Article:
Rio Olympics: Why the opening ceremony’s spotlight on climate change matters

Rio Olympics: Why the opening ceremony’s spotlight on climate change matters

As a Brazilian, it saddens me to see so much bad press around my country now that the Olympics Games are happening. Two years ago, during the World Cup, it was a great conversation starter. People would ask if I was excited about it, and if I was going to the stadium to watch the teams play. Now, when someone wants to talk to me about my country, they ask me if I am glad that I am not there for the Games.

Performance around climate change during Rio Olympic Games opening ceremony. Credit: Fernando Frazão/Agência Brasil/Wikimedia CommonsPerformance around climate change during Rio Olympic Games opening ceremony. Credit: Fernando Frazão/Agência Brasil/Wikimedia Commons

There is such a complex mix of political, social and economic issues happening in Brazil right now, it is hard to know where to start. Should I mention the president’s impeachment? What about the corruption scandal involving so many Brazilian politicians right now? And don’t get me started on the Zika virus.

I’ve lost count of how many articles I’ve seen talking about the water pollution in Rio and concerns for the health of the athletes and tourists. Even though I knew deep down that Brazil was not going to be able to meet the world’s expectations — or my own — before the Olympics started, I really hoped that they would somehow figure it out. Unfortunately, that did not happen.

Don’t get me wrong, amongst so much bad media, there is still good news. Brazil just celebrated the tenth anniversary of the Soy Moratorium, an agreement that helps protect the Amazon from deforestation for soy farming. And I cannot forget to mention the huge news that the license for building a mega-dam in the heart of the Amazon was cancelled just last week. But there is always more to be done.

Brazil may have missed the opportunity to have the sustainable event it planned, but the silver lining is that in this international spotlight, Brazil’s leaders can make the right choices for the environment. There are still other hydroelectric dam projects in the Amazon that should be cancelled. Brazil’s focus needs to be on clean energy options like solar and wind instead — energy sources that protect Brazil’s biodiverse ecosystems and the climate.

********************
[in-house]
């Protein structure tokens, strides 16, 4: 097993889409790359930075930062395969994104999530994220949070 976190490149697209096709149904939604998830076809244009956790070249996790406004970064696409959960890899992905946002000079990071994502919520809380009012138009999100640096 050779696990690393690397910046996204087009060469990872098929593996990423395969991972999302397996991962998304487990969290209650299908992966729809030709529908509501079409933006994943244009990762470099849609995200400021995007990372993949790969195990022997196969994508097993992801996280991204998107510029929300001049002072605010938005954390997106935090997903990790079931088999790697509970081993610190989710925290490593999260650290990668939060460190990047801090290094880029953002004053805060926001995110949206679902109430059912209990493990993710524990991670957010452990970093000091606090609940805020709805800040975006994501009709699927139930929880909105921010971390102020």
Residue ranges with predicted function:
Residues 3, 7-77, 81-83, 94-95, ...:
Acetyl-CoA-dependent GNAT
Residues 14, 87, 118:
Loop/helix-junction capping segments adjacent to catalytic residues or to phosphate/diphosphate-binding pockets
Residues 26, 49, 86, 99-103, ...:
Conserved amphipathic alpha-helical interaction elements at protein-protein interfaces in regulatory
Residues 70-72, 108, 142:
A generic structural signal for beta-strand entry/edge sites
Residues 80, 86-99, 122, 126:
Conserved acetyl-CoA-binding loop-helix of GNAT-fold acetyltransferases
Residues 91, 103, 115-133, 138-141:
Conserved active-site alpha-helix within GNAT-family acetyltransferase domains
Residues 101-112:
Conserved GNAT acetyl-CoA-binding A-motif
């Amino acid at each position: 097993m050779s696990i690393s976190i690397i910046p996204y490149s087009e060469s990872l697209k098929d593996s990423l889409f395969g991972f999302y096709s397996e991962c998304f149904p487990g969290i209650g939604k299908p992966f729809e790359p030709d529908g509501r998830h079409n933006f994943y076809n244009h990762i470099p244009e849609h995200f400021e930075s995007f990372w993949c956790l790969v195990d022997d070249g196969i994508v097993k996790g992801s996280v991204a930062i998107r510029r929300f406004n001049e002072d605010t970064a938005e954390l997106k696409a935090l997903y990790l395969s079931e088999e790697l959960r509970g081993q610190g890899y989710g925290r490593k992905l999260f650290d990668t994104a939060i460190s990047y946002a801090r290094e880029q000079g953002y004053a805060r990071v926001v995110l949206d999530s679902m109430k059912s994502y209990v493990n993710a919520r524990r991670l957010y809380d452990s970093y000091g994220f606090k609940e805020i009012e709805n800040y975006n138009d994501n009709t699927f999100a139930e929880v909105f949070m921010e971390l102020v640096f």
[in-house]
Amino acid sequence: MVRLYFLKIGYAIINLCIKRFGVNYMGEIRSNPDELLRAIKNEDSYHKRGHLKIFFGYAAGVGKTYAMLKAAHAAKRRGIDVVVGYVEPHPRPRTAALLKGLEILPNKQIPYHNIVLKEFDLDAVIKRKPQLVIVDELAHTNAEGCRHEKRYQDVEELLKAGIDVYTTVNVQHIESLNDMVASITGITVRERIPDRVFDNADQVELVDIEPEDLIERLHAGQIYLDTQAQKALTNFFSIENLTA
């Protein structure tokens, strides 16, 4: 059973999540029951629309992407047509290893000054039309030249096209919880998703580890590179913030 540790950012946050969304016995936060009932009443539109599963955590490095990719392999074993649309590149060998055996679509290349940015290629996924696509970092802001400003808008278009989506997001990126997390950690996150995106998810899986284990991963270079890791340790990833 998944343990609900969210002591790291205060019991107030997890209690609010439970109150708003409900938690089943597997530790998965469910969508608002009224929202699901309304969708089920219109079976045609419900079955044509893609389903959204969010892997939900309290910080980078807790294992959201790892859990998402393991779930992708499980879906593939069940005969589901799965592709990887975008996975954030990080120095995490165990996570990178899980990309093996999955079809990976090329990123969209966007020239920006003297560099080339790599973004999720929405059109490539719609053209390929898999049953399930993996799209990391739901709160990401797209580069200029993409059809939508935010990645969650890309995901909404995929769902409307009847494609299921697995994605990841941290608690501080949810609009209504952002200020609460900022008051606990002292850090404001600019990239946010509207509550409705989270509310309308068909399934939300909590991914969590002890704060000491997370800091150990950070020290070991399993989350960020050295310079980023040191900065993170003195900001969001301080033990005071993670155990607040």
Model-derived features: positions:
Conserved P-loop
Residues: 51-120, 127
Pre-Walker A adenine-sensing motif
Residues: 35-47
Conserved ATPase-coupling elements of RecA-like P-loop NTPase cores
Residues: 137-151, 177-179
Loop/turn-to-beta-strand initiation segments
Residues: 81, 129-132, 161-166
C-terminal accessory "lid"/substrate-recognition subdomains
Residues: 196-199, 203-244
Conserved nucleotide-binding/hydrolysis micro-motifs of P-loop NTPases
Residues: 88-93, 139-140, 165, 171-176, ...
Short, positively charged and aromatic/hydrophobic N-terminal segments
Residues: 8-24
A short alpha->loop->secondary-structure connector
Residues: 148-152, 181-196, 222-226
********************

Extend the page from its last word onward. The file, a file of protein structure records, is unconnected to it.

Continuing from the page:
Maracanã Stadium lit up with fireworks during Rio Olympic Games opening ceremony. Credit: Getty Images/Clive BrunskillMaracanã Stadium lit up with fireworks during Rio Olympic Games opening ceremony. Credit: Getty Images/Clive Brunskill

Watching the opening ceremony, I was glad to see that at least one opportunity was not missed: bringing climate change front and center. Two powerful messages were delivered during the event. The first was a video about global warming. Seeing Amsterdam, Rio, Florida and so many other places around the world being flooded due to the rise of sea level gave me chills. These are the real consequences if the whole world does not commit to fight against climate change. The second message announced that more than 11,000 trees will be planted in Rio, representing each Olympic athlete.

This part of the opening ceremony was just a symbolic act, but I hope that both messages serve as a wake up call for everyone who watched it — and that the sense of togetherness it provided can make people feel that it is possible to make a difference, even through small acts like planting a tree. The fight against climate change is everyone’s fight. Even some Olympic athletes are recognizing the role they can play.


The whole ceremony was amazingly beautiful, inclusive and exceeded my expectations. It made me feel proud of being Brazilian, because it showed the whole world our culture, history and diversity. And it reminded us all that, if we are capable of joining forces to celebrate Olympic Games together, we can make the world a better place as well.

Diego Gonzaga is Americas Communication Hub Intern at Greenpeace USA.


Source: Green peace

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